Well to begin with we should know where in the packet the HTTP data actually starts. If you still have that TCP/IP and tcpdump flyer I recommended you download at the bottom of the page I just hyperlinked to we can easily find out where the data starts. We can see from the underlined 06 that the protocol being ferried about is TCP. From the underlined value 5 we know that there are no options in the TCP header. With this info in hand we know then that the HTTP data starts at the underlined 4854 and carries on to the end of the packet itself. This is a quick and easy way to orient yourself to the contents of the packet. With that now dealt with let us start breaking out the server’s response as seen in the packet above.

Time to bust out the info!

HTTP/1.1 200 OK

The underlined text above appears in the ASCII content of the packet. It is also underlined in the packet itself above. This is saying that that the web server uses HTTP protocol version 1.1. It also means that the document the web client requested has been found, and is included in the response. The numerical value 200 as seen is actually a status code. More to follow on status codes later, and their role.

Cache-Control: private

This cryptic little field means that the document sent to the web client is not to be cached by a proxy, and is intended only for the user requesting the document. There is a whole lot more to caching, and how it works. Interesting reading if one is so inclined.

Content-type: text/html

Shown above is what the server is telling to the client ie: that the included document being sent is in a text/html format. That way the web client will know how to render the information.

Server: GWS/2.1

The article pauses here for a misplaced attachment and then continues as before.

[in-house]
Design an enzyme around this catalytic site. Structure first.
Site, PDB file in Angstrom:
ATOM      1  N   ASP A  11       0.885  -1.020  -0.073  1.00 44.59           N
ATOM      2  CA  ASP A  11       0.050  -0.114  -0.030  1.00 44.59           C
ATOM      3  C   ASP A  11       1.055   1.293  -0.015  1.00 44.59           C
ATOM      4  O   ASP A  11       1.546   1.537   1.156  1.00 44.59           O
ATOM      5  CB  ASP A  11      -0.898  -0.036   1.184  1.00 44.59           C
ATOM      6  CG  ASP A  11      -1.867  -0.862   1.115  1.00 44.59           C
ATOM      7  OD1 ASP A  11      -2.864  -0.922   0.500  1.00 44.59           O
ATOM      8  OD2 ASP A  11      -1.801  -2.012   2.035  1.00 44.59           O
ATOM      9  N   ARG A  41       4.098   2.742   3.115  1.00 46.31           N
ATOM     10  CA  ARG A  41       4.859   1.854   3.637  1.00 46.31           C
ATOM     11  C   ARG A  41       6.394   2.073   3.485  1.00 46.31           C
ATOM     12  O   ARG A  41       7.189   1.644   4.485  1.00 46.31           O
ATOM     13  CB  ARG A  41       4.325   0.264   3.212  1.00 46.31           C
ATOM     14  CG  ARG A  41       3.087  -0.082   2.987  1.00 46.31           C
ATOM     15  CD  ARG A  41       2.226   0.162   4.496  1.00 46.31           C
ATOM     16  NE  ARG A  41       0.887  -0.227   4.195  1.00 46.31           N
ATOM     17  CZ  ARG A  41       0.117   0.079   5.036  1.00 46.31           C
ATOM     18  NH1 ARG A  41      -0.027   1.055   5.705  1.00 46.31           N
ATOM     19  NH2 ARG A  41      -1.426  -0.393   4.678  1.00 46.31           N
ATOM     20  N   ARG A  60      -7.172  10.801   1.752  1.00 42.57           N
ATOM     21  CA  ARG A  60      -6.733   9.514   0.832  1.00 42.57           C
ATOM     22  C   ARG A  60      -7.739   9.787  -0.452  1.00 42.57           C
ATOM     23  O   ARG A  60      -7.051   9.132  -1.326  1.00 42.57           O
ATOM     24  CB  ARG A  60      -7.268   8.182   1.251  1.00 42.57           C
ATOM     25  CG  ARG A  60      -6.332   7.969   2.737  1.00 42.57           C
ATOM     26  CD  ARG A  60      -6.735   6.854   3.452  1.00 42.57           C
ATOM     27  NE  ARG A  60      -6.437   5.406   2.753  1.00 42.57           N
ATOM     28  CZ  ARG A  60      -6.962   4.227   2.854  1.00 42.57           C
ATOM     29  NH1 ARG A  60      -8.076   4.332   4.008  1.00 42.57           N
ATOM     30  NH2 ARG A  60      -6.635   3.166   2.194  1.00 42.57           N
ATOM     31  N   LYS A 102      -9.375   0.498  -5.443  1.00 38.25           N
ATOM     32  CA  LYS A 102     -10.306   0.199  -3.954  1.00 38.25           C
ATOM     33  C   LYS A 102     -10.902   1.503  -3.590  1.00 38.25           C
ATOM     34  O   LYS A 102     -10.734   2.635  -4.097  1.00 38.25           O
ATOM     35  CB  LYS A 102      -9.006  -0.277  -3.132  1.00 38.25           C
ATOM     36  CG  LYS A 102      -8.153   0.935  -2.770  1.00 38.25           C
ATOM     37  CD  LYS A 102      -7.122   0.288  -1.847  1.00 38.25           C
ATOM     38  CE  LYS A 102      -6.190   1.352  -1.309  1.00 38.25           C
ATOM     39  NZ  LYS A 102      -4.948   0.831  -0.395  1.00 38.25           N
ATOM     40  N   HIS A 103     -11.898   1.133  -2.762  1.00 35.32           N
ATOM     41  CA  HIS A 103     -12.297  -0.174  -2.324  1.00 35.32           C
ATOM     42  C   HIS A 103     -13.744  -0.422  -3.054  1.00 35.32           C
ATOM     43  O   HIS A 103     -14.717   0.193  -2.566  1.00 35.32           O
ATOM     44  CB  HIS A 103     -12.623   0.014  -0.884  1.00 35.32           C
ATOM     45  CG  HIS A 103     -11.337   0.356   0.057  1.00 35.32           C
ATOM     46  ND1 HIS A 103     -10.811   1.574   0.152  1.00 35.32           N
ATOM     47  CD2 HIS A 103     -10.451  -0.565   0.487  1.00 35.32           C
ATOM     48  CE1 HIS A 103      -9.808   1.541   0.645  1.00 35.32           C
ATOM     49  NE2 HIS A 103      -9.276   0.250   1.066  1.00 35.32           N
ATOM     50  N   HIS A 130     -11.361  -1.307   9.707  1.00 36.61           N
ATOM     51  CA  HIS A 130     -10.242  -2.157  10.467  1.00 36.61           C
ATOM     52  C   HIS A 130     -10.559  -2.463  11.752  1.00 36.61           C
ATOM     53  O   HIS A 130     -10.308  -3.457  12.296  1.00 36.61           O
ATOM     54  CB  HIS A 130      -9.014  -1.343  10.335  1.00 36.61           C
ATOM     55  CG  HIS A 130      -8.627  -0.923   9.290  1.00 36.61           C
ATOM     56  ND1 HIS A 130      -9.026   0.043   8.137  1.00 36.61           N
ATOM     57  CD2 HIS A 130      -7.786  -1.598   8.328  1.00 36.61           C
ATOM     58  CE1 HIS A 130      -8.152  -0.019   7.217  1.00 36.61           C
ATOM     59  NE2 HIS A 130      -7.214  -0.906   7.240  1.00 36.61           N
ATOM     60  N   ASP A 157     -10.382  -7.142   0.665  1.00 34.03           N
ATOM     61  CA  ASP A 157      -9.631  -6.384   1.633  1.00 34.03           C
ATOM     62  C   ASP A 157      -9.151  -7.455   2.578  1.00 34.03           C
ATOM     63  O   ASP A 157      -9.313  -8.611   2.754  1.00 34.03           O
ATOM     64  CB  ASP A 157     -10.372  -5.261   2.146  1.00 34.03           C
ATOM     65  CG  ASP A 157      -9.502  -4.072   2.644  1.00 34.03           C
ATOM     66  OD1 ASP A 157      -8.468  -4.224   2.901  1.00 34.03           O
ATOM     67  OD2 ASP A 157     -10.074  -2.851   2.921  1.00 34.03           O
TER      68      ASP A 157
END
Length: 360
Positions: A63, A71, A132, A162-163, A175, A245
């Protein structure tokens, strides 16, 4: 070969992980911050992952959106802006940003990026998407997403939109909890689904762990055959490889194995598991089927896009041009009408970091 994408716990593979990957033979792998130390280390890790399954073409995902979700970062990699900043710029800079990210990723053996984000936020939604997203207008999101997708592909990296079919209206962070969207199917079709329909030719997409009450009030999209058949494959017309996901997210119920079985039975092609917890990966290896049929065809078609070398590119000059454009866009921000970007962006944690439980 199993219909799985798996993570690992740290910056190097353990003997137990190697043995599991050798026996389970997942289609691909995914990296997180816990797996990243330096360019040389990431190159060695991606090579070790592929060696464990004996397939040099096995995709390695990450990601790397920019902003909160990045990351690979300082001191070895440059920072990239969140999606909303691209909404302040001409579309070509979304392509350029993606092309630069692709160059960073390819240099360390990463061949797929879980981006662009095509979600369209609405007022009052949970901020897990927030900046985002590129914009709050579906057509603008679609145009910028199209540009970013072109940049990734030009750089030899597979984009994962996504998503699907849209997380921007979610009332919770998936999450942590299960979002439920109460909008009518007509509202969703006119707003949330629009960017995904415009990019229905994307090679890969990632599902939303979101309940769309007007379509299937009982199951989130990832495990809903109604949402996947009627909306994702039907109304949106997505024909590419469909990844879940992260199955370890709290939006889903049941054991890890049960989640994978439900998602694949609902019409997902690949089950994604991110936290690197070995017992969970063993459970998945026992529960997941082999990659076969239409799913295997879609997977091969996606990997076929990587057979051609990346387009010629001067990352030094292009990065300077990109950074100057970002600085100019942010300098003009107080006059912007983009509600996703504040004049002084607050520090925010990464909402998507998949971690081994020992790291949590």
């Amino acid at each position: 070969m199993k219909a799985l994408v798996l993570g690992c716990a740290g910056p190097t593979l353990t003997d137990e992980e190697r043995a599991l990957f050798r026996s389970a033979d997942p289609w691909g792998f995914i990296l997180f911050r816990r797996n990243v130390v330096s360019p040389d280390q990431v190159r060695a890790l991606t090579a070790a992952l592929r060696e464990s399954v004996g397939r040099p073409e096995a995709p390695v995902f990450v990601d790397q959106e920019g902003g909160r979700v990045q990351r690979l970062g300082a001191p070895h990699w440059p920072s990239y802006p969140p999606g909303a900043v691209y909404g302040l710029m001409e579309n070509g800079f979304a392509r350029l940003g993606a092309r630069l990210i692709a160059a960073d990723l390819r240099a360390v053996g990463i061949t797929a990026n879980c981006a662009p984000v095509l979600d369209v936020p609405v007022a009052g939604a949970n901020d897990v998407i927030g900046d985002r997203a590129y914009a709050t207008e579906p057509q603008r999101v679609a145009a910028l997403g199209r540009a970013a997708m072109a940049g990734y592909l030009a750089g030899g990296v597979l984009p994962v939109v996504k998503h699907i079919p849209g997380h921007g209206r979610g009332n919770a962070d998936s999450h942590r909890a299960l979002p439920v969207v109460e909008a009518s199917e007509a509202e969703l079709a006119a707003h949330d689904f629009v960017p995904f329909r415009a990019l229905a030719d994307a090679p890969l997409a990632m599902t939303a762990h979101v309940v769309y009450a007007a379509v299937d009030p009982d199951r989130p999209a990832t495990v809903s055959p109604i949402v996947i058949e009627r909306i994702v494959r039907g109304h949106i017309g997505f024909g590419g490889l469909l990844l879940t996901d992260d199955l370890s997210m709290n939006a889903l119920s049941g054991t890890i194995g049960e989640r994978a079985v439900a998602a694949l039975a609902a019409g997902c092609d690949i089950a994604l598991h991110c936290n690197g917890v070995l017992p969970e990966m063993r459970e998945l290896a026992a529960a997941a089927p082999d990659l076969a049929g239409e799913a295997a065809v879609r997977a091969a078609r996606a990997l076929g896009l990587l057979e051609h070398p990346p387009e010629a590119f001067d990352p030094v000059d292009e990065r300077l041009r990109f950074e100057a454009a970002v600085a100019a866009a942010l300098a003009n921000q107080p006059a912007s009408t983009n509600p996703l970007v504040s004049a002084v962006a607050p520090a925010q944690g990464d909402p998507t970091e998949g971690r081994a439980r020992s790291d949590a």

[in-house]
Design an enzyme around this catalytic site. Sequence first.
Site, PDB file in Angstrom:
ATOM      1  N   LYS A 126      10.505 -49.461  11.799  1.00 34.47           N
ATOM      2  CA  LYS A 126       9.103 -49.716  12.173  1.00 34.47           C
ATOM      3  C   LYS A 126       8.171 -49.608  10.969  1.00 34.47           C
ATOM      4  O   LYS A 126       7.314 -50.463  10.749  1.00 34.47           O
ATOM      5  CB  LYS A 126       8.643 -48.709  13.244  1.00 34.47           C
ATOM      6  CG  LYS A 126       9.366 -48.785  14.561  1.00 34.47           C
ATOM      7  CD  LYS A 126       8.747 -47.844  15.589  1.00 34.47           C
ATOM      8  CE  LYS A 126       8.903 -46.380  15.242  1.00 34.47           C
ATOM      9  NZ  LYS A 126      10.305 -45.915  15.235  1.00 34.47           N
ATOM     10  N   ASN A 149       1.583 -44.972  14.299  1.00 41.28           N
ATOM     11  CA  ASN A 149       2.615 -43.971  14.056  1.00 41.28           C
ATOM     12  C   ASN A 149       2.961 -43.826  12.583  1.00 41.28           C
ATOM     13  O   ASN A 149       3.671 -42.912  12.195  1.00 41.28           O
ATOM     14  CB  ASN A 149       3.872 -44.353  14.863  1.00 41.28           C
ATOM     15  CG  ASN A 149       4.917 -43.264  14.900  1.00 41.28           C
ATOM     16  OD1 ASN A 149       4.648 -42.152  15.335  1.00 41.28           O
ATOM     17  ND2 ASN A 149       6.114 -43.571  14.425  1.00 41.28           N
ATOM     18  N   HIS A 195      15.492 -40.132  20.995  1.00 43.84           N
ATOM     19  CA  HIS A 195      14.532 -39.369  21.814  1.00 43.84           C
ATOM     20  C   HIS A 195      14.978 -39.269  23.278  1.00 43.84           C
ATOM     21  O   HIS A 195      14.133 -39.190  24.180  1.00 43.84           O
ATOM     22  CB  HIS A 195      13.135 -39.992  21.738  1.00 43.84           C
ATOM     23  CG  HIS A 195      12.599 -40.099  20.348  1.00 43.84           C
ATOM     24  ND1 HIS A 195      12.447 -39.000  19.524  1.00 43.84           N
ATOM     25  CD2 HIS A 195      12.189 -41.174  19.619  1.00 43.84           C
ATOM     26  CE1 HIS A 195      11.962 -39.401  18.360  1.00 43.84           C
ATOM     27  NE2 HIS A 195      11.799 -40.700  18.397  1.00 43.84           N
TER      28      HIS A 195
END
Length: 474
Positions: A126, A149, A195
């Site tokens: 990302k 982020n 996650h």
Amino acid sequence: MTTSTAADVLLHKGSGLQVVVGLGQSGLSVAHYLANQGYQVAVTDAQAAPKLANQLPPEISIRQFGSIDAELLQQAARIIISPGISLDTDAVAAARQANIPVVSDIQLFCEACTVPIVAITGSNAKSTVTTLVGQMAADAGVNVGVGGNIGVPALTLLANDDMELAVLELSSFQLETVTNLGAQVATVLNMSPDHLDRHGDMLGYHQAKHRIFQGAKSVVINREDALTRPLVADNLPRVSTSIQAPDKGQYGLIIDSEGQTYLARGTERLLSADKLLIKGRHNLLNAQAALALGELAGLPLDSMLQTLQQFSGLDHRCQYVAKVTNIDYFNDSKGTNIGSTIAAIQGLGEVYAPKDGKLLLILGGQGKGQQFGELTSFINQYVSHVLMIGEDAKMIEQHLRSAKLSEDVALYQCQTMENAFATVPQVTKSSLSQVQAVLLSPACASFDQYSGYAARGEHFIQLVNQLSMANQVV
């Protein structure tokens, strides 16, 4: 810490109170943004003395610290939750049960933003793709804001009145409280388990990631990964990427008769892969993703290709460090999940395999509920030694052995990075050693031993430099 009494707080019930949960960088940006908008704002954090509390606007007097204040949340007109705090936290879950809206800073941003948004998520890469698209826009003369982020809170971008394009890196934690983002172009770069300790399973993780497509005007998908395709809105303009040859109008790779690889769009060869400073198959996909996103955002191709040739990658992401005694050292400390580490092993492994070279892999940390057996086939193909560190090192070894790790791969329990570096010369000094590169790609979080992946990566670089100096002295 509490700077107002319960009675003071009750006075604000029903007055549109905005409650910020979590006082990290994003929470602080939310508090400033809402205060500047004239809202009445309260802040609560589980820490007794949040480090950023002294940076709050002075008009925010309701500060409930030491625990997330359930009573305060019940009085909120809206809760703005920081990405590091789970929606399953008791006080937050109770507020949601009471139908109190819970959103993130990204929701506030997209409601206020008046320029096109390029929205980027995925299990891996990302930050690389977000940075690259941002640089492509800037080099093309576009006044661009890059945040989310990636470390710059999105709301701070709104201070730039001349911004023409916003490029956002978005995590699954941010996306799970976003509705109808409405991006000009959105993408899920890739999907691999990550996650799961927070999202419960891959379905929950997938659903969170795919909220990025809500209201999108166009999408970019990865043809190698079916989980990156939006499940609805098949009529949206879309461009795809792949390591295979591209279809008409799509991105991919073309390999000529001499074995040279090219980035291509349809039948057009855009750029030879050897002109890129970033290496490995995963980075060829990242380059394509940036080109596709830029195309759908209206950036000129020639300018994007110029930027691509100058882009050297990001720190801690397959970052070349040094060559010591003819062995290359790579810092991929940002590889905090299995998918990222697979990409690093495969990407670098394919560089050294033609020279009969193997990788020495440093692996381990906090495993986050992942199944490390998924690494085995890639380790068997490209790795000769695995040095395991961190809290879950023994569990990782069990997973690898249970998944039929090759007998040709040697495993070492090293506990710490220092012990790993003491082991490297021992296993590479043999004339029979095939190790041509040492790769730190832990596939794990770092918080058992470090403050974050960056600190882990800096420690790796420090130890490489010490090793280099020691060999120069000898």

Identified here is the type of server, or server software that is being used by you guessed it, the web server. In this case the type of server used by Google.

Transfer-Encoding: chunked

In HTTP 1.1 chunked transfer encoding is supported. What does it do though you ask? Well simply put, chunked transfer encoding will modify the body of a message so that it can be transferred as a series of chunks. Each chunk has its own size indicator. In contrast a normal HTTP file transfer will contain a “Content-Length” field indicating the amount of data being transferred.

Date: Sat 30 Jul 2005 14:14:50 GMT

Well we can infer from this line that it would be the date and time in GMT as seen on the server. That was one was fairly simple to guess at, and be correct. Were they all to be that easy!

<html><head><meta.http-equiv=”content-type”

For those of you who may be unfamiliar with HTML code, and what it looks like, be aware that the underlined portion above is indeed HTML code. A pretty good giveaway as well that you are seeing HTML is the use of <> before each code. It is via this HTML code that your web browser ie: Internet Explorer, knows how to properly render the page to you. Via all this HTML is the color of the page, and how all the information itself is formatted, be it in paragraph form, bullet, or table.

Should you wish to check out all the HTML contained in the web page you are presently reading (this document!) please click on “View” in your web browser, then click on “Source”. Doing so will display the web page in its source code format. Pretty neat eh! If you want to have more fun then simply paste the web pages source code in say notepad and made some modifications, and then reload that page. You will see that you have now modified the contents of that page. Once again that would elicit a “pretty neat” comment from me.

Well on that note we will break this article at this point. I will cover in the last part of the series on HTTP more of the minutiae of HTTP, and ways of playing, or modifying HTTP requests. Till then keep a close eye on your packets!

If you missed the first article in this series please go read, Understanding the HTTP Protocol (Part 1).
If you would like to read the next article in this series please check out Understanding the HTTP Protocol (Part 3).